“We’re wasting time, energy and money making this a legal, courtroom battle. Babies are being born every day without proper prenatal care when the mother’s medical problems could easily be met,” she said. “This shouldn’t be an adversarial situation pitting mother against child.”
UCSD’s policy is to notify a mother when she is admitted that she will be screened for drugs if there is any indication of a history of drug use, or if the woman has received no prenatal care.
But Dixon acknowledges that, given the number of women who arrive at UCSD’s emergency room in labor, there isn’t always time in the rush of attending to her to notify her that the tests will be done either immediately or as soon after the delivery as possible.
“We have close to 400 deliveries a month, and 25% of them are with women who have had no prenatal care. And we’ve already established that there’s a high incidence of that medical problem (drug use) in that population.”
She and other doctors defend drug testing as necessary both for the mother’s and child’s sake, for a variety of reasons including the need by the anesthesiologist to know whether any drugs he may give the woman during labor might conflict with drugs in her system.
Moreover, the medical concern is that the child be treated immediately for drug withdrawal, and to help the mother seek help in weaning herself off the drug, doctors say.
“Chemical dependency is a medical disease that has consequences for both the mother and child,” Dixon said. “It shouldn’t be an adversarial question. It shouldn’t be the infant and the mother having to debate over individual rights. That makes me furious. And it concerns me that hospitals might be perceived as the enemy of the people, driving them away from good medical care because they fear what we might do to them.”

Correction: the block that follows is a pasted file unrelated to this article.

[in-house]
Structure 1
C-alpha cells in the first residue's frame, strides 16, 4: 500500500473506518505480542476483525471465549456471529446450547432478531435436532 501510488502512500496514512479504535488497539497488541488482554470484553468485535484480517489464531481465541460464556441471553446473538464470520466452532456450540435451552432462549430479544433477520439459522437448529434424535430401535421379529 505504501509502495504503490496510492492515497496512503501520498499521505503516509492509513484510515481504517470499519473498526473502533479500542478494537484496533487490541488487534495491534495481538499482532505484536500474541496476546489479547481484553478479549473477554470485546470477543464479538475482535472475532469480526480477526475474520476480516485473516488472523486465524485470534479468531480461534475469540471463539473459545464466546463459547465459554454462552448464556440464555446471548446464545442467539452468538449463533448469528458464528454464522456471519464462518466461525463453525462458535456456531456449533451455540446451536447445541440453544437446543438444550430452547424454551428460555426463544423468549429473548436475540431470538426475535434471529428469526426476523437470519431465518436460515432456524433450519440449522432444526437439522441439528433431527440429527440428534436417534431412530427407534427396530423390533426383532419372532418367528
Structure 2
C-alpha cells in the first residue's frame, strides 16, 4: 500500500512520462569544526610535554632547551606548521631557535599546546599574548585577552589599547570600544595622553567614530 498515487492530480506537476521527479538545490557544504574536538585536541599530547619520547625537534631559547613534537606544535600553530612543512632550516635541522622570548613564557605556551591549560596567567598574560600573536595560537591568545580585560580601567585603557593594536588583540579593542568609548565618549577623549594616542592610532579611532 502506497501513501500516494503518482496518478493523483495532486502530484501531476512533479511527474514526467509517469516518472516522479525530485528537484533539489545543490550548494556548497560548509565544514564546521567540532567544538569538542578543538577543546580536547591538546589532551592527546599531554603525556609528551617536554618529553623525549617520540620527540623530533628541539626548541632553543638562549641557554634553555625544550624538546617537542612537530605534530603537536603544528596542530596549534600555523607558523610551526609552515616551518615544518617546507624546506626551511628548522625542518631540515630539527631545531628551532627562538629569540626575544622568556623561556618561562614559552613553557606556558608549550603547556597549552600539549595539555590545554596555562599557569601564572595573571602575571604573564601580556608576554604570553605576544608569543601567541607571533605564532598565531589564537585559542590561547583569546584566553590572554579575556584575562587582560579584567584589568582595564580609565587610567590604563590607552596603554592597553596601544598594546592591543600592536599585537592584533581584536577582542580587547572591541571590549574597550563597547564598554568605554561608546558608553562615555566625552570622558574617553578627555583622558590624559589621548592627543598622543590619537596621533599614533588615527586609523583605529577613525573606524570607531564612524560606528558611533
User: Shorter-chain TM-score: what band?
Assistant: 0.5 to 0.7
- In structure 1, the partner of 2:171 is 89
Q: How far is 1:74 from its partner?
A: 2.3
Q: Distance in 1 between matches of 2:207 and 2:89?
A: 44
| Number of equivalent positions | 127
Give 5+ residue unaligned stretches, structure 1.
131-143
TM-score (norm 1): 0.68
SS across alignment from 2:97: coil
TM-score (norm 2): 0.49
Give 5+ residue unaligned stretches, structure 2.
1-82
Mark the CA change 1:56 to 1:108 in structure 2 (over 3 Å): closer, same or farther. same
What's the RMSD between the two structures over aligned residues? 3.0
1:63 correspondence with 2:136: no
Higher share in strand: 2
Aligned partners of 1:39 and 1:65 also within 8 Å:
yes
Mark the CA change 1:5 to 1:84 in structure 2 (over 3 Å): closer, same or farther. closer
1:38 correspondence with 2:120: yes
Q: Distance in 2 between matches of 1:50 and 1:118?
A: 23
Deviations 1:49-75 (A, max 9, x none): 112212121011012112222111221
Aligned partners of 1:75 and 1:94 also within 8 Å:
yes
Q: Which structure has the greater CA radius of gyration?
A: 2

Dr. Nathan Harrison, president of the Gynecology Society of San Diego County, said his organization has taken no formal position on whether mothers should be told in advance that they will be tested for drugs.
“What you’re looking at is a legal question--the responsibility of society to the affected baby as opposed to the responsibility, in theory, of protecting the woman’s rights and confidentialities. That legal issue hasn’t been resolved.”
Harrison practices at Sharp Memorial Hospital in San Diego, where the policy is to ask the woman’s consent for drug tests if there are any indications of drug use or if she has had no prenatal care.
If the woman refuses, the hospital will inform her that it must do a urinalysis of the infant, said Jan Stichler, director of the hospital’s Women’s Center.